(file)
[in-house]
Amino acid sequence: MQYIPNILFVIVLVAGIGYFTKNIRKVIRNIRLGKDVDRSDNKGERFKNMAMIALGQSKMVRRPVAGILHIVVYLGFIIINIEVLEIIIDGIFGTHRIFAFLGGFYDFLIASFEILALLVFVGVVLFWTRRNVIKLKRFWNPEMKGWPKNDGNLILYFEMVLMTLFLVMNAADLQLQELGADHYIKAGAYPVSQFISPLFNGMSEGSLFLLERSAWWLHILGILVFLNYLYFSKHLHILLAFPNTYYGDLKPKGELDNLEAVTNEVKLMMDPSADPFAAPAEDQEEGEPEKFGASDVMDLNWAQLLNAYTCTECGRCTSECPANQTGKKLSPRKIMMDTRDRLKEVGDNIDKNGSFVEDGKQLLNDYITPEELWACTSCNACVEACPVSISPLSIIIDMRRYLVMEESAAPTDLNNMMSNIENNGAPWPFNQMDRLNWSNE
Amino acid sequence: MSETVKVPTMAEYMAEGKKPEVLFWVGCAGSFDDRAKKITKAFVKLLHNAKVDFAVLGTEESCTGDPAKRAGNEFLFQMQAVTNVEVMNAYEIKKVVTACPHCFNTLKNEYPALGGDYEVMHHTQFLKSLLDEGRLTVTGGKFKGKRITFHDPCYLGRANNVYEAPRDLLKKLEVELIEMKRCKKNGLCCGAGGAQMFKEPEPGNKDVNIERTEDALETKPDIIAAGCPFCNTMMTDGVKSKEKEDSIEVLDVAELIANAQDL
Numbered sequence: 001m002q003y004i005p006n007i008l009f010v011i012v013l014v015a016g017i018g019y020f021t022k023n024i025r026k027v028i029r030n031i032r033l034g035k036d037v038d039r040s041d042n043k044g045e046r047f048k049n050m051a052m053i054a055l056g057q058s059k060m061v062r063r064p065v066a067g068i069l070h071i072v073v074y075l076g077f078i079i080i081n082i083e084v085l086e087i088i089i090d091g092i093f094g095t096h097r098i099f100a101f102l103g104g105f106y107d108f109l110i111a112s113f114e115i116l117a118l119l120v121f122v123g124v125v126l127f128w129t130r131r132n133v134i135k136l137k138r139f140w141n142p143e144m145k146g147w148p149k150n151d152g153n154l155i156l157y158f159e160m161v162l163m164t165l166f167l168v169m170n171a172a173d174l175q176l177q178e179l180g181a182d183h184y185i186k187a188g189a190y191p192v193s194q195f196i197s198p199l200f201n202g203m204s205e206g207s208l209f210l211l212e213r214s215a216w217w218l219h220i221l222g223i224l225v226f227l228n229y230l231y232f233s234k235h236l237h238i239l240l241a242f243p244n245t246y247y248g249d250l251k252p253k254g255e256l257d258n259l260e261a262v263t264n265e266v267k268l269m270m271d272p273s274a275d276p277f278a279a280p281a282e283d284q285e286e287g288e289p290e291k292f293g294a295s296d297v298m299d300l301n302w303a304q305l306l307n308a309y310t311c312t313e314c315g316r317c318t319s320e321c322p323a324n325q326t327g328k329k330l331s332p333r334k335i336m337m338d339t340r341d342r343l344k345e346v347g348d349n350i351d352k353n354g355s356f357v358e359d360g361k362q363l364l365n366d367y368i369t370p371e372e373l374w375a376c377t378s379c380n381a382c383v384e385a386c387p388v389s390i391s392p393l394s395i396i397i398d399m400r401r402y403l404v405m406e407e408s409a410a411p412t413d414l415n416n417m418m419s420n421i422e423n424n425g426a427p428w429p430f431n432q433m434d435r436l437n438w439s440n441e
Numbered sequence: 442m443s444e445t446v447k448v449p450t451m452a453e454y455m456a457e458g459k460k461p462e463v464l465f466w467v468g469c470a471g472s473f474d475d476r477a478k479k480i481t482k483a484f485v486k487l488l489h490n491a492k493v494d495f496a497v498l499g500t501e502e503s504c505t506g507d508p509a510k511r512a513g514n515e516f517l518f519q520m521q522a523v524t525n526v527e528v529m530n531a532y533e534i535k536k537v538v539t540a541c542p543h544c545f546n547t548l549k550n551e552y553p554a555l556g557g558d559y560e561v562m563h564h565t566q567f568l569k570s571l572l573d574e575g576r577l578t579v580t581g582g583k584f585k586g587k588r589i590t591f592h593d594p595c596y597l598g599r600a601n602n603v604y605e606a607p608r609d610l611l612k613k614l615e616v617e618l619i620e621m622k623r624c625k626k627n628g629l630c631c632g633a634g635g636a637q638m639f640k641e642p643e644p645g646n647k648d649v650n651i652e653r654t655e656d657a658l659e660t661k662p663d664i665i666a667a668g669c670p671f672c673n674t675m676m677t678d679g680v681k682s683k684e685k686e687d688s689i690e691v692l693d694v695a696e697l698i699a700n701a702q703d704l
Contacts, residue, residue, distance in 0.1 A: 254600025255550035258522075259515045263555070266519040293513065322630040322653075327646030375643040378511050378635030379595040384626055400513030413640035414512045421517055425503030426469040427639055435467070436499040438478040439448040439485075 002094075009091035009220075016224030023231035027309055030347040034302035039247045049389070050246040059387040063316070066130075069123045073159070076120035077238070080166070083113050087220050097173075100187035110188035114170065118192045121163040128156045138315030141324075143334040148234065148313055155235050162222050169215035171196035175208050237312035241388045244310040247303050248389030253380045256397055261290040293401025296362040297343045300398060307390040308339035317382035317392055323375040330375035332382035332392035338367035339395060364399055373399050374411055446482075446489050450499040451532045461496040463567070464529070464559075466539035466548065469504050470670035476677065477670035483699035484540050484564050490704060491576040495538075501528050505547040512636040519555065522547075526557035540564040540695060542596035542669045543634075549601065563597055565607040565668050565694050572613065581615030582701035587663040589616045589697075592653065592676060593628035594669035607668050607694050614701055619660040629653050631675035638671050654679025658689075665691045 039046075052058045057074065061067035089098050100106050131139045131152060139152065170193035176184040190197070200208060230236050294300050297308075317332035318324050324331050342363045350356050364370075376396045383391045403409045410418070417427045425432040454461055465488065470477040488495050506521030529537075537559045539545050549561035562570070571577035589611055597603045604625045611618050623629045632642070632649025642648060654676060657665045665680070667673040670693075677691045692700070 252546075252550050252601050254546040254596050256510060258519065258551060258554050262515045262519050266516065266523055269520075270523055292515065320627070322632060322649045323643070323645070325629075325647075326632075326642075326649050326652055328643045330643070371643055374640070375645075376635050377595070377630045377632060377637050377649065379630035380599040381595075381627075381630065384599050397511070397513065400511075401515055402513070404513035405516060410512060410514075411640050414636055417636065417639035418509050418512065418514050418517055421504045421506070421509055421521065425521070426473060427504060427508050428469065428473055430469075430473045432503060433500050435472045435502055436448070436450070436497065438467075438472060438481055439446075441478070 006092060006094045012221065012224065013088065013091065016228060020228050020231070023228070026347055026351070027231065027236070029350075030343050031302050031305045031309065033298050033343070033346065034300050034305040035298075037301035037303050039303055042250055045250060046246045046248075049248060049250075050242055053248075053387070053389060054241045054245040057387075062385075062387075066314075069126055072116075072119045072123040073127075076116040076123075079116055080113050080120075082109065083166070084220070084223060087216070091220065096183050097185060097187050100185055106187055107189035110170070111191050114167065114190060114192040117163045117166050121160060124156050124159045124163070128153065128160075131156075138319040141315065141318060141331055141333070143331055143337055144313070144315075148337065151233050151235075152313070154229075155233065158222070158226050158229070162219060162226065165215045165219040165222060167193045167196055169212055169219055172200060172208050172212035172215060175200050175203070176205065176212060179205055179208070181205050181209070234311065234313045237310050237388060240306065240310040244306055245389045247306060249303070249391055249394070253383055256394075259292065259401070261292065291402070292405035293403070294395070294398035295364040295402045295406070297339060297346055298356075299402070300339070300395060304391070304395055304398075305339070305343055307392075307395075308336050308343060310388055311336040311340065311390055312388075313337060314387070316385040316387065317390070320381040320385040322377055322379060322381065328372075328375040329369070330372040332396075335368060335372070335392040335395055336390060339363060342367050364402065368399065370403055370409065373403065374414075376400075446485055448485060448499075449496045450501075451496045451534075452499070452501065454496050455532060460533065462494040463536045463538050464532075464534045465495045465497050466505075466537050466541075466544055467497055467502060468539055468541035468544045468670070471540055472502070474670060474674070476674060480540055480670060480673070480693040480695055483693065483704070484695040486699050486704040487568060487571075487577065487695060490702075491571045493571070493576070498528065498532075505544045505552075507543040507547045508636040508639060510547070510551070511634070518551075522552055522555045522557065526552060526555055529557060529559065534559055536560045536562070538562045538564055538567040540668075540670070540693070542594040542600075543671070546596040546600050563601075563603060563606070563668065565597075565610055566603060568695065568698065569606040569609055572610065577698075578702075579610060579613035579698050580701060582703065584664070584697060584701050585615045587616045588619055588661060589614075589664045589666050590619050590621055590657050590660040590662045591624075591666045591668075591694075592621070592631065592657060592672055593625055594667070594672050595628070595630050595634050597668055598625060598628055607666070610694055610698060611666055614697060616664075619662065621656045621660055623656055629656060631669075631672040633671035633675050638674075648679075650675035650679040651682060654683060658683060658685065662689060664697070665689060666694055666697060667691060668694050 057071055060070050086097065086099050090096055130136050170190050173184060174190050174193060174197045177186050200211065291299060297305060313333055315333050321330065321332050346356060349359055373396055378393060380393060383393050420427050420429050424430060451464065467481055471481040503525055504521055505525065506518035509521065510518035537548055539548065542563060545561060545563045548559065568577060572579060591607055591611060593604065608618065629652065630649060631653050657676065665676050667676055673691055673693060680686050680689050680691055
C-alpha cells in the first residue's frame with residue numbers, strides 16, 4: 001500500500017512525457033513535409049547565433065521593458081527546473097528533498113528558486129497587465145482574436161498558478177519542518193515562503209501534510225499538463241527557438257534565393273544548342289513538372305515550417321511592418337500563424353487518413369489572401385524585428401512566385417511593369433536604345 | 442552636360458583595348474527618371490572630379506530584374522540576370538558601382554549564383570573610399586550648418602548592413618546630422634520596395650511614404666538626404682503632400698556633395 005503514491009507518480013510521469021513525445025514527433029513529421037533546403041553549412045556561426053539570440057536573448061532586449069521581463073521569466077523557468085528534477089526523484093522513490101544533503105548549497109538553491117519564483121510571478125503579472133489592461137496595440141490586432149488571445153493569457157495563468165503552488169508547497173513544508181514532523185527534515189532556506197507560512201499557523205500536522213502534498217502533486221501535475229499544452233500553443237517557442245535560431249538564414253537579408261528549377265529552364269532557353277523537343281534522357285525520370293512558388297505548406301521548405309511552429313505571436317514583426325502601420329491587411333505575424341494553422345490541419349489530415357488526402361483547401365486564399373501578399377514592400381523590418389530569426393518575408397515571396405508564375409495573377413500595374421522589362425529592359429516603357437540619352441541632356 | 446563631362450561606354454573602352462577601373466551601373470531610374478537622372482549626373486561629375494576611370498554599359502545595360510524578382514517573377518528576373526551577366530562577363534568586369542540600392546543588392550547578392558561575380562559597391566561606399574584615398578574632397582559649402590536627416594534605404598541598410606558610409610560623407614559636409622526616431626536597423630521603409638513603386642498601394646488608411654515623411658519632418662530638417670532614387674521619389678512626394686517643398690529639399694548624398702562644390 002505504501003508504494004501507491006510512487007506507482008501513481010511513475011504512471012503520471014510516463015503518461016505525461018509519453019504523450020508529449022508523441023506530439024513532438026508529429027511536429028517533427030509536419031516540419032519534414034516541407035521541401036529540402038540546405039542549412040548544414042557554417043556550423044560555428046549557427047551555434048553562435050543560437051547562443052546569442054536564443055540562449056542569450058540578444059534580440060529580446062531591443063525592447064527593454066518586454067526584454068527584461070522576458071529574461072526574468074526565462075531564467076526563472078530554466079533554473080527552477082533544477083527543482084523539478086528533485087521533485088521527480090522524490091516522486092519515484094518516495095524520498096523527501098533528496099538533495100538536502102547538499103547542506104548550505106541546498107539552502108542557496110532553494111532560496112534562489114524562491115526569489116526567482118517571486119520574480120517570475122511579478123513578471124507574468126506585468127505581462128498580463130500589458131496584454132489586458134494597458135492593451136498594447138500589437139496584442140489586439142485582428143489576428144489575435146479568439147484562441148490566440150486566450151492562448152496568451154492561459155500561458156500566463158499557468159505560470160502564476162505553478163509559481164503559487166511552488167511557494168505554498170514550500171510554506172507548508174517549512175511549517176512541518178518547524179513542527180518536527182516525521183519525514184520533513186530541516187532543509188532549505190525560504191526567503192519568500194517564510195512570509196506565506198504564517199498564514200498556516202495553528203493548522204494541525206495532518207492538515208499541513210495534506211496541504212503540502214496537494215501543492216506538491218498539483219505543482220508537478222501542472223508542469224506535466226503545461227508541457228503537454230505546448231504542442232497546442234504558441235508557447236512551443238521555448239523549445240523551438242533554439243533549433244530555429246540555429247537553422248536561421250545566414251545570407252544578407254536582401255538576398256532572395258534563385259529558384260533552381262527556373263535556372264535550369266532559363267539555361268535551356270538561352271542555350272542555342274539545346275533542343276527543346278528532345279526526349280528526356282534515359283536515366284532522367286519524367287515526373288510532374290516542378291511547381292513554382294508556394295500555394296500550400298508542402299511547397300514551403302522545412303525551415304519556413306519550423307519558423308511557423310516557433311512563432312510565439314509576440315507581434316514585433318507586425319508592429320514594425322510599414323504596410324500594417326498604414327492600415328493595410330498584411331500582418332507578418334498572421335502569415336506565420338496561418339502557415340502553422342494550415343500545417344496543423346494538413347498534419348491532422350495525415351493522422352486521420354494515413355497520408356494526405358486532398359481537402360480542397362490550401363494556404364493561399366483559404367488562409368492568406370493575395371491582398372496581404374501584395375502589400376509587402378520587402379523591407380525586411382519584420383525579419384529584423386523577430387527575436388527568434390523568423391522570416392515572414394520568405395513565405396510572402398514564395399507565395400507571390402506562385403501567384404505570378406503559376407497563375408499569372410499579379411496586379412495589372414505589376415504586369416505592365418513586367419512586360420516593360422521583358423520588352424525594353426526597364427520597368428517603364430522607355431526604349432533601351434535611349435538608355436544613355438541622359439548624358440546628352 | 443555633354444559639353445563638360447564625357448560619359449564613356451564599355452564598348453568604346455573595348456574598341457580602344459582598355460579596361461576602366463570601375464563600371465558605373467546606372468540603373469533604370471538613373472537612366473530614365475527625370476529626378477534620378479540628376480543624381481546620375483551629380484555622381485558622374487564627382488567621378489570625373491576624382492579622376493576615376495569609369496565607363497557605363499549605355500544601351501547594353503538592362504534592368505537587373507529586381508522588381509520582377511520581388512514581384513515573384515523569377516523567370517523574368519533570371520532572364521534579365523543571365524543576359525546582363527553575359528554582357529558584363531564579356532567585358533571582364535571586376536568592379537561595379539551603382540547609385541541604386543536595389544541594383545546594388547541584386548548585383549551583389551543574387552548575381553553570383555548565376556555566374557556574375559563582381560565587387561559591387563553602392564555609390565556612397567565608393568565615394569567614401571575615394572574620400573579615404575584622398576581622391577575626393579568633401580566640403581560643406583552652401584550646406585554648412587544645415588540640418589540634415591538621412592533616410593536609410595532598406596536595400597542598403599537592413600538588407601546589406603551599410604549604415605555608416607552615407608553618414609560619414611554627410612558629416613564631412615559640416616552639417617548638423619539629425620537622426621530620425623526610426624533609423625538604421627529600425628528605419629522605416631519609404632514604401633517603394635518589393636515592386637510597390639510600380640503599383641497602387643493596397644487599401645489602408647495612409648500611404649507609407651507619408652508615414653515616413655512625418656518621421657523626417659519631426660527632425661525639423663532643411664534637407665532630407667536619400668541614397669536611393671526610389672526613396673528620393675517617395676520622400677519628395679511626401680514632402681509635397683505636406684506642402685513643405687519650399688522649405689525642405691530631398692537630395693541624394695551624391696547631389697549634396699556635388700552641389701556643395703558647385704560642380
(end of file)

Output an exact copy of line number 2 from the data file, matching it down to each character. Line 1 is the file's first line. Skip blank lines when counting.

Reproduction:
Amino acid sequence: MQYIPNILFVIVLVAGIGYFTKNIRKVIRNIRLGKDVDRSDNKGERFKNMAMIALGQSKMVRRPVAGILHIVVYLGFIIINIEVLEIIIDGIFGTHRIFAFLGGFYDFLIASFEILALLVFVGVVLFWTRRNVIKLKRFWNPEMKGWPKNDGNLILYFEMVLMTLFLVMNAADLQLQELGADHYIKAGAYPVSQFISPLFNGMSEGSLFLLERSAWWLHILGILVFLNYLYFSKHLHILLAFPNTYYGDLKPKGELDNLEAVTNEVKLMMDPSADPFAAPAEDQEEGEPEKFGASDVMDLNWAQLLNAYTCTECGRCTSECPANQTGKKLSPRKIMMDTRDRLKEVGDNIDKNGSFVEDGKQLLNDYITPEELWACTSCNACVEACPVSISPLSIIIDMRRYLVMEESAAPTDLNNMMSNIENNGAPWPFNQMDRLNWSNE